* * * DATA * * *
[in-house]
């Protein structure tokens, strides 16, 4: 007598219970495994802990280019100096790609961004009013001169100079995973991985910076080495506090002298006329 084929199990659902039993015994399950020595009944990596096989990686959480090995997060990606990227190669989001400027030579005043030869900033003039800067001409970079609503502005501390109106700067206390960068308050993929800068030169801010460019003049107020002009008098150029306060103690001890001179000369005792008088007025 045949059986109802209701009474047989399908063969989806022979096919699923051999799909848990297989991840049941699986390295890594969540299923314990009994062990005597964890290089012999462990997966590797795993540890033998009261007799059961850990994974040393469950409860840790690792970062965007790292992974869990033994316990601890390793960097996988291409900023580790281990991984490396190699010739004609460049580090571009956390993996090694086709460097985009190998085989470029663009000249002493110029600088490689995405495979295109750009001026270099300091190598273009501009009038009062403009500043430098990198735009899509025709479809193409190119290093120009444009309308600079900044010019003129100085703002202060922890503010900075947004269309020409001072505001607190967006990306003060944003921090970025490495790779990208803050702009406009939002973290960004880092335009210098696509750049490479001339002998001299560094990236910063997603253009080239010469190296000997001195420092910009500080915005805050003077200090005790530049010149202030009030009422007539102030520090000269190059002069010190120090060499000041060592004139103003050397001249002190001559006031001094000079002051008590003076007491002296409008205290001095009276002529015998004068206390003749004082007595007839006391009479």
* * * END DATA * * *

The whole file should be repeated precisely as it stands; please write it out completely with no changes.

[in-house]
């Protein structure tokens, strides 16, 4: 007598219970495994802990280019100096790609961004009013001169100079995973991985910076080495506090002298006329 084929199990659902039993015994399950020595009944990596096989990686959480090995997060990606990227190669989001400027030579005043030869900033003039800067001409970079609503502005501390109106700067206390960068308050993929800068030169801010460019003049107020002009008098150029306060103690001890001179000369005792008088007025 045949059986109802209701009474047989399908063969989806022979096919699923051999799909848990297989991840049941699986390295890594969540299923314990009994062990005597964890290089012999462990997966590797795993540890033998009261007799059961850990994974040393469950409860840790690792970062965007790292992974869990033994316990601890390793960097996988291409900023580790281990991984490396190699010739004609460049580090571009956390993996090694086709460097985009190998085989470029663009000249002493110029600088490689995405495979295109750009001026270099300091190598273009501009009038009062403009500043430098990198735009899509025709479809193409190119290093120009444009309308600079900044010019003129100085703002202060922890503010900075947004269309020409001072505001607190967006990306003060944003921090970025490495790779990208803050702009406009939002973290960004880092335009210098696509750049490479001339002998001299560094990236910063997603253009080239010469190296000997001195420092910009500080915005805050003077200090005790530049010149202030009030009422007539102030520090000269190059002069010190120090060499000041060592004139103003050397001249002190001559006031001094000079002051008590003076007491002296409008205290001095009276002529015998004068206390003749004082007595007839006391009479």